Picking the gun up, you cannot help but be impressed by the weight, especially as this lacks the metal frame of the hi-cap Infinities, such as the 6" Ltd.

Closer Look

The traditional WA PO qualities are all present. Near 1 kilo weight, solid feel, high power and good kick (courtesy of the Magna R system shared with WA's other double stacker 1911, the SV Infinities) and accurate replication.

The frame is sprayed the rather odd, pea-green, whilst the black slide is unpainted in black, Heavyweight material (a mix of ABS and metal dust).

Most of the controls are painted green to match the frame and slide, with the metal slide lock and safeties (grip and right hand only thumb safety) being so finished, although mine has been replaced with a black one. The trigger, a plain flat quarter moon shape, and magazine release button are black and the hammer is polished silver with a plain loop on the top.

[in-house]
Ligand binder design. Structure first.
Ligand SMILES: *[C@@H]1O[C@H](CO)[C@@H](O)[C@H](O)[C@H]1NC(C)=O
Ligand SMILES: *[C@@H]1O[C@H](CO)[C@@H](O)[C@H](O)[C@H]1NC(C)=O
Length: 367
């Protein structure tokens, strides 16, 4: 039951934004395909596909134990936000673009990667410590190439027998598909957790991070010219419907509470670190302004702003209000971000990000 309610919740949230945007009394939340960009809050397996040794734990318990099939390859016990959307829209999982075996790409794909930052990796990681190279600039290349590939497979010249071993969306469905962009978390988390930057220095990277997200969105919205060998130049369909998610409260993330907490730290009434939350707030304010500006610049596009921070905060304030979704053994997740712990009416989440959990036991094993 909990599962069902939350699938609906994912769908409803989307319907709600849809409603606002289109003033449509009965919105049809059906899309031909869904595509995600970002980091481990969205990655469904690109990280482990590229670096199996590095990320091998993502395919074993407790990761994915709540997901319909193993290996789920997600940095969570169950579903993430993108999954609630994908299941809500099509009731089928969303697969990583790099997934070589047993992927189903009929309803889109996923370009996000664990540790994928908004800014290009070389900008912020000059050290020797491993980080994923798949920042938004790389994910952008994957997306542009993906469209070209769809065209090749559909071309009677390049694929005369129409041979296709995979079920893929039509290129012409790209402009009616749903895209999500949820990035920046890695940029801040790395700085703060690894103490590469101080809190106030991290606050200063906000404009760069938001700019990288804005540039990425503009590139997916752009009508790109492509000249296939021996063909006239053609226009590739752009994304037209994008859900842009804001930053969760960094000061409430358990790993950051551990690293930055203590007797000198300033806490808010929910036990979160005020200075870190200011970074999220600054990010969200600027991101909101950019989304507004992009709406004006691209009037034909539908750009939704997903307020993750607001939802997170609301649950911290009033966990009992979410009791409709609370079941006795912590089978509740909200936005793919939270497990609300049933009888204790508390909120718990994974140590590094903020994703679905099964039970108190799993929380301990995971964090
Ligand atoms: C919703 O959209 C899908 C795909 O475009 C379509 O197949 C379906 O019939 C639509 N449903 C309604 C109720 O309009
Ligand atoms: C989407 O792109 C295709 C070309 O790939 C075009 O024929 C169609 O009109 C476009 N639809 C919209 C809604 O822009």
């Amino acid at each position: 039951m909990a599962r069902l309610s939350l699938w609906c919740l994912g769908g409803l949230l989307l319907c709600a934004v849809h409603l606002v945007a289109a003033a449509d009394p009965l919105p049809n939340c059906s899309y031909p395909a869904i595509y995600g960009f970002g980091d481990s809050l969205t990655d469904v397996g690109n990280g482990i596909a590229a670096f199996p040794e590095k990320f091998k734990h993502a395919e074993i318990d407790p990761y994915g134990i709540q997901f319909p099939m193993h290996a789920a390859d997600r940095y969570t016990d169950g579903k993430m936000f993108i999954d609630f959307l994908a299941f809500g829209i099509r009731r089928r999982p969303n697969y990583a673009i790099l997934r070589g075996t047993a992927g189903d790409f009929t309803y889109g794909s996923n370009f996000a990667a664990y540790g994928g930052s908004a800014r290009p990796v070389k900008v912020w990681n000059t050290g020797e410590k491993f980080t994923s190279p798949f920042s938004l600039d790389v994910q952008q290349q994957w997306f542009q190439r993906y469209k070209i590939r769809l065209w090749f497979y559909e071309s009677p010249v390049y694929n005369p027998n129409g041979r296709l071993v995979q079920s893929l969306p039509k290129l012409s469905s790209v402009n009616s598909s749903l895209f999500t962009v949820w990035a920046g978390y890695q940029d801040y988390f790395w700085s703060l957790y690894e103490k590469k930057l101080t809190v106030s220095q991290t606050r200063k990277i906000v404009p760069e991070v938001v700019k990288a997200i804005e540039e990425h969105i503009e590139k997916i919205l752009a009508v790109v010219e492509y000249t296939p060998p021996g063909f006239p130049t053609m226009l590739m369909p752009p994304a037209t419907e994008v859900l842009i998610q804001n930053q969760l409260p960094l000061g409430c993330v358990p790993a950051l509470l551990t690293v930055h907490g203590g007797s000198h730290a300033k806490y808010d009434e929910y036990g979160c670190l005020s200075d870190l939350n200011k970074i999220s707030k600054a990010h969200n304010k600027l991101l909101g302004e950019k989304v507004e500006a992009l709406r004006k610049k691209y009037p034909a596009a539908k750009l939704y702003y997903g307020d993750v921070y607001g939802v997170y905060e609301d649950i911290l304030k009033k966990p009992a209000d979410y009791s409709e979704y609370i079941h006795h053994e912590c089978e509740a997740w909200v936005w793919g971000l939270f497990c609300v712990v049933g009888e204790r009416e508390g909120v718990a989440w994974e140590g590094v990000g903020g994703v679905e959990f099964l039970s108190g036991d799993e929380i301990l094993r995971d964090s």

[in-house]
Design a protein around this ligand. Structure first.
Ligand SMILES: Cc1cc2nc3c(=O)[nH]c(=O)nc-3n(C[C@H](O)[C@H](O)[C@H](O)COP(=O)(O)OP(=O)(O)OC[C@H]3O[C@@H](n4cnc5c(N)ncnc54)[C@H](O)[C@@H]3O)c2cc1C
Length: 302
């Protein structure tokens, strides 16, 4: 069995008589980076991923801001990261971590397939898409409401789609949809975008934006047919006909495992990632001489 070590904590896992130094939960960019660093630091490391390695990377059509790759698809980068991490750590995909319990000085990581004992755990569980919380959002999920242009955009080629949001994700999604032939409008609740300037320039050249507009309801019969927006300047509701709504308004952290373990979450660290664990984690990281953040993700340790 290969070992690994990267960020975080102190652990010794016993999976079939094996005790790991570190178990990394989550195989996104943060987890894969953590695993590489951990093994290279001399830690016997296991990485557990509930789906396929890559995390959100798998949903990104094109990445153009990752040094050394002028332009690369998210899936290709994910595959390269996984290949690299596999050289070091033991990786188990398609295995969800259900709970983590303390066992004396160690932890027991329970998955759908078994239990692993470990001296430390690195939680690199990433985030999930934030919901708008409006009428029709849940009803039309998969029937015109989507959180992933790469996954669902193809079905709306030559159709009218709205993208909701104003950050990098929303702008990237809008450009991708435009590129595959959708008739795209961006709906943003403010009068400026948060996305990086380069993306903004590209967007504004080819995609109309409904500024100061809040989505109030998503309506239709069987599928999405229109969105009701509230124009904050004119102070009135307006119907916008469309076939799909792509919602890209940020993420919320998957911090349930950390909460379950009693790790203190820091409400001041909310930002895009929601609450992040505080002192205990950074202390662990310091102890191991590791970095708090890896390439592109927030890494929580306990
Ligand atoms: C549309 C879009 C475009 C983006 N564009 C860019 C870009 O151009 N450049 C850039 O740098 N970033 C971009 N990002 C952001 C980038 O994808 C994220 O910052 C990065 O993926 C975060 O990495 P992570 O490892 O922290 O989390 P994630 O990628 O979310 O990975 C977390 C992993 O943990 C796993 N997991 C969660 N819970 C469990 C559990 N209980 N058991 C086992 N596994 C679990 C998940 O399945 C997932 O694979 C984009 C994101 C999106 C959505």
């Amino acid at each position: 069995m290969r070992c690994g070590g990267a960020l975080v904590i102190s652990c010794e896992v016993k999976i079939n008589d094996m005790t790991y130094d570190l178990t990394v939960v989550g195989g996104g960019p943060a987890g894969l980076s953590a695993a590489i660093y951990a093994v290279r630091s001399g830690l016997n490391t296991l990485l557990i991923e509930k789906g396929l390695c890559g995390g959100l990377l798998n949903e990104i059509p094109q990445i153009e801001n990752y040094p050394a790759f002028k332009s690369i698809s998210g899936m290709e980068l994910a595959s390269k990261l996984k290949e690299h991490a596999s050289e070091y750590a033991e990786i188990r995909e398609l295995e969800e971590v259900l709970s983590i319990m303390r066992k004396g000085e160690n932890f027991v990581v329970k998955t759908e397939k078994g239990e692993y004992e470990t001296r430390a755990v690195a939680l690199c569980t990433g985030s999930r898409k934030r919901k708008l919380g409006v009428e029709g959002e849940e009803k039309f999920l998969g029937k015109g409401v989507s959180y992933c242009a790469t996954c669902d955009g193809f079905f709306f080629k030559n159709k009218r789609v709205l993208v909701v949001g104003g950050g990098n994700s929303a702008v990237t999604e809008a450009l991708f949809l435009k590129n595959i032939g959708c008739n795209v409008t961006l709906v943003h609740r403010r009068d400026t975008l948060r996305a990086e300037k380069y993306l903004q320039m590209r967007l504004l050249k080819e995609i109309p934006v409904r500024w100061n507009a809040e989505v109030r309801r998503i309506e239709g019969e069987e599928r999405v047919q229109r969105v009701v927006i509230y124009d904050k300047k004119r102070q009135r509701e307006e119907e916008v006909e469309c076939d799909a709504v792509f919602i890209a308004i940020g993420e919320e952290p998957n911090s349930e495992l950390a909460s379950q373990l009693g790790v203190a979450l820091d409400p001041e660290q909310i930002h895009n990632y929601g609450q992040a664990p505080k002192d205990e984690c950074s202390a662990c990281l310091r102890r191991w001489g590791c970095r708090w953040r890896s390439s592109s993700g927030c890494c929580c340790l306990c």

This gun has had the curved mainspring cover replaced with a flat one from a Compact carry, just because I could, the standard one looking like the grip on the Silver P14-45 I tested some while ago.

I've yet to see a 1911 style gun with the level of markings some Berettas carry and the Para Ordnance P14-45 is no better or worse in that respect than most. On the right hand side of the slide, there is "P14-45" and on the left there is "PARA ORDNANCE". The right side of the frame (looking forward) bears the marking "PARA ORDNANCE INC."/"FT LAUDERDALE, FL. CANADA" towards the front of the dustcover, with a WA and ASGK mark over the trigger, just like the other Para Ordnances I have reviewed. The left of the frame bears the usual WA/Para Ordnance license text, which is not overly intrusive.